Mitsuo Fuchida had believed, as the Japanese people had been led to believe since childhood, that Japan had been especially chosen by the gods. Nihon or Nippon “Land of the Rising Sun”—as depicted on their national flag. They were taught to believe that one day Isanagi and Isanami (Mr. and Mrs. God) stood on the Bridge of Heaven and Isanagi dipped his sword into the ocean. When he withdrew it, the drops of water from it that fell back into the ocean coagulated and formed the Japanese Islands. Then, Mr. and Mrs. God went down to live on these islands and their children became the Japanese people. Amaterasu Omikami, the Sun Goddess, was the mother of the Japanese Imperial Family, the ancestor of Emperor Hirohito. All Japanese schools taught this as history until the end of the war. Since the meaning of kami in Japanese does not completely match that of the English word God, it is difficult to compare religious meanings, but even after the Emperor declared that he was not kami, there continued to be a sense that he remained the father of the Japanese family and the chief religious personage.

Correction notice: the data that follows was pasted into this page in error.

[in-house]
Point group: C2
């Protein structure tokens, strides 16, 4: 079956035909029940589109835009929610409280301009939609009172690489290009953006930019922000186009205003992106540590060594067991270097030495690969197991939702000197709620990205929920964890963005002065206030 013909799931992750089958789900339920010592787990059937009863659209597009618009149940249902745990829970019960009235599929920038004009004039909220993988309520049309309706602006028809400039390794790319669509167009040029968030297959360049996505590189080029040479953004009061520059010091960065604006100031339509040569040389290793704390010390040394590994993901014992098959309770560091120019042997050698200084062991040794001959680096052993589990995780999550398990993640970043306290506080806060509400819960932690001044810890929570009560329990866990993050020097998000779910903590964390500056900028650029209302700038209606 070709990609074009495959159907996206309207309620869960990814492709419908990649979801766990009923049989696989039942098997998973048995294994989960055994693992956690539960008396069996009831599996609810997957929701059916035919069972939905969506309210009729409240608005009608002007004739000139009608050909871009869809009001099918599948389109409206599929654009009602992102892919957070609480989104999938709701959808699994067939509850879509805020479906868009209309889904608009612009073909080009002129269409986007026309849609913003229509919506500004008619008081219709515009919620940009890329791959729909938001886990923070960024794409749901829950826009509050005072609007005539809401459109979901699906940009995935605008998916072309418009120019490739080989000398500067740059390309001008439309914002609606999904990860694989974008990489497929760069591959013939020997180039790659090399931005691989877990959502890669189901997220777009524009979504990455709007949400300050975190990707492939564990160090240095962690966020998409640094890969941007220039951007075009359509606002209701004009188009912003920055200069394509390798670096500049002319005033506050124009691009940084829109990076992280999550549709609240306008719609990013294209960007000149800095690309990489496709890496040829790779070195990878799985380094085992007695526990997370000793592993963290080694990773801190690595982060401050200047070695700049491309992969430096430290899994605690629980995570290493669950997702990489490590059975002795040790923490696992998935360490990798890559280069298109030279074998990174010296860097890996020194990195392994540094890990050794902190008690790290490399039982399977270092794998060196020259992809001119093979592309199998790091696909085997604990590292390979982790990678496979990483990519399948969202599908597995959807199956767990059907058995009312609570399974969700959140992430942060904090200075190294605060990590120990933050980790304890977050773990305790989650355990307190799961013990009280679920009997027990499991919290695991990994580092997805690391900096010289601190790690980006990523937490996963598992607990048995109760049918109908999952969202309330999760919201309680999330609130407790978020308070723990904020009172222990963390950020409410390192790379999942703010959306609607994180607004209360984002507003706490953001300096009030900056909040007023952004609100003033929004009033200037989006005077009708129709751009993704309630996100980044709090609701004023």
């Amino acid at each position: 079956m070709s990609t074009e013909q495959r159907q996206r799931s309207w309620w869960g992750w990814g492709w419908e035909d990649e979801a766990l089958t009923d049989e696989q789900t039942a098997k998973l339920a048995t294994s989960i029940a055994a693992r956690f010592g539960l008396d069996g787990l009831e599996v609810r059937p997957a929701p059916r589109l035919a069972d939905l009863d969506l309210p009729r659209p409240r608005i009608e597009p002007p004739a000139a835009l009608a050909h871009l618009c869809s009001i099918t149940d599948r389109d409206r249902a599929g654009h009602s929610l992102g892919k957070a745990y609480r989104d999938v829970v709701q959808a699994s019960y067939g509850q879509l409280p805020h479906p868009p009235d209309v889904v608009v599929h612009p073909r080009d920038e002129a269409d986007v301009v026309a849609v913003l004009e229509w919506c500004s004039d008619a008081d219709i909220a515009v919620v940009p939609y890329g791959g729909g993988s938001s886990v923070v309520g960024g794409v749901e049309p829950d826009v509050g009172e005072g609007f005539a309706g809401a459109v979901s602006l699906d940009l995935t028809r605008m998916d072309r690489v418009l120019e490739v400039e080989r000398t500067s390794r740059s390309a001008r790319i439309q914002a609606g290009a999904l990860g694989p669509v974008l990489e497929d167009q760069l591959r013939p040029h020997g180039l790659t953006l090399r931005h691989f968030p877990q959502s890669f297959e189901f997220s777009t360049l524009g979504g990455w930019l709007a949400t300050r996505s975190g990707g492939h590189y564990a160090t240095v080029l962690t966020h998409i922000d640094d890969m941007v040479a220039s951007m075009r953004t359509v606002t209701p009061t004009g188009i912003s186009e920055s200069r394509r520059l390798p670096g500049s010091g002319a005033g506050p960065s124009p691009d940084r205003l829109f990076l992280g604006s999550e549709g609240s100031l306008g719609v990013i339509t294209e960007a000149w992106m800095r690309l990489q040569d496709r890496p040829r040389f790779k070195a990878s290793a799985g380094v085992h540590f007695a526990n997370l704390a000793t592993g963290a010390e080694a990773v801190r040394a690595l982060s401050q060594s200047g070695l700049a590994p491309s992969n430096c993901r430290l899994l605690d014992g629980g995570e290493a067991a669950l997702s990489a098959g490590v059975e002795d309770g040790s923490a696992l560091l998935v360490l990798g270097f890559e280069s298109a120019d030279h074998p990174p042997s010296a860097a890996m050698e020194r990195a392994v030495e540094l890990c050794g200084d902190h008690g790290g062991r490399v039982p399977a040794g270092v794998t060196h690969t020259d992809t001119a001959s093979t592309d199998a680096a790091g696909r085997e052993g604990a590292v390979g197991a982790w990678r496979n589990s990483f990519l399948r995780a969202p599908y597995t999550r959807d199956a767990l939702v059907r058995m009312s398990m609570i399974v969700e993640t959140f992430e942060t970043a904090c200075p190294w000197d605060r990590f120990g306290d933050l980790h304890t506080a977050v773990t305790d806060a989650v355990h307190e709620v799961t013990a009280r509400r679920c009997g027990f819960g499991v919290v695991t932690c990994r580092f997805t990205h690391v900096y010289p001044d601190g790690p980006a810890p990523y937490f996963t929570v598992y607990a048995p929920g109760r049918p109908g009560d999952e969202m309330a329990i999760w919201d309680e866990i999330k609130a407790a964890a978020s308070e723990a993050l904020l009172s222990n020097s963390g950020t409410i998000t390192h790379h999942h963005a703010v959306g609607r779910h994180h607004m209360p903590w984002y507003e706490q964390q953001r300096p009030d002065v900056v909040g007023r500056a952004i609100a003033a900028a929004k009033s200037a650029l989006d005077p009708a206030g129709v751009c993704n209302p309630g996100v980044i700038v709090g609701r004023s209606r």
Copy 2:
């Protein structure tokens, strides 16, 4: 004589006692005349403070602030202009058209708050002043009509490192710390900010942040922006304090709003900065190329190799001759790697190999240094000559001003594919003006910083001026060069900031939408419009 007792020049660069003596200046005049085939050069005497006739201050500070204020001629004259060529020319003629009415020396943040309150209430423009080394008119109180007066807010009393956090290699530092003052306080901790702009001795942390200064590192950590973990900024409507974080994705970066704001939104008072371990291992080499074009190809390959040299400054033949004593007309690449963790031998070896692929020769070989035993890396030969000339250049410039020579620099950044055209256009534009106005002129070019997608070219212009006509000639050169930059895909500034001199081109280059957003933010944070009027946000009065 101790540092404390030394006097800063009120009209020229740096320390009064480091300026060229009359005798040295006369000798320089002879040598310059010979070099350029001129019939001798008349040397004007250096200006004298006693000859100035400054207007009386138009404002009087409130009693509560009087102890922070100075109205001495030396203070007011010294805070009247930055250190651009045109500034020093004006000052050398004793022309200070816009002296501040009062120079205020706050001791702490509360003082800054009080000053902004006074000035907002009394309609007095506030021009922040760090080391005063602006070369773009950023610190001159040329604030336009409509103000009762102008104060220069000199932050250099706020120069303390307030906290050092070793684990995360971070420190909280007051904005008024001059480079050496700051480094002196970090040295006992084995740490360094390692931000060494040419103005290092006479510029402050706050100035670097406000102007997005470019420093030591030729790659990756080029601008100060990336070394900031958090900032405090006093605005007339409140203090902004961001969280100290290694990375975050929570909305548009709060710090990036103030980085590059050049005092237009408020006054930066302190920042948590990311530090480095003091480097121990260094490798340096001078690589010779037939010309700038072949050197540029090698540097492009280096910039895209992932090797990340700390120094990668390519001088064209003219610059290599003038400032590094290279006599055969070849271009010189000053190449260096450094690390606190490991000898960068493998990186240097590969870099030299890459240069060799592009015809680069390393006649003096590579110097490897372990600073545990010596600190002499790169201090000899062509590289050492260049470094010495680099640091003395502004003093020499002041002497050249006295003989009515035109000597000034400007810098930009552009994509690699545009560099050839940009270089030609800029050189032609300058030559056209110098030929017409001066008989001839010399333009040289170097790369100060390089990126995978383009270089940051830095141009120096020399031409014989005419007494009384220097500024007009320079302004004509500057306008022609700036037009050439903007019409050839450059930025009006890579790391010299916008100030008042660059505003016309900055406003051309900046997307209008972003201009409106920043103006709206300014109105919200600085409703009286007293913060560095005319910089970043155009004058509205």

After the war ended, Fuchida returned to Japan a defeated and very depressed man. He loved Japan and wanted desperately to see her rise from the ashes of defeat and be a great nation again. One day he heard of some prisoners of war returning from America and he went to see and hear them. Of their many experiences, the one that impressed him most was the one they emphasized the most. It was their relating the story of a young American teenage girl who came to their prisoner-of-war camp every day to minister to them. She brought them small personal items they needed, and each time asked “Is there anything else I do?”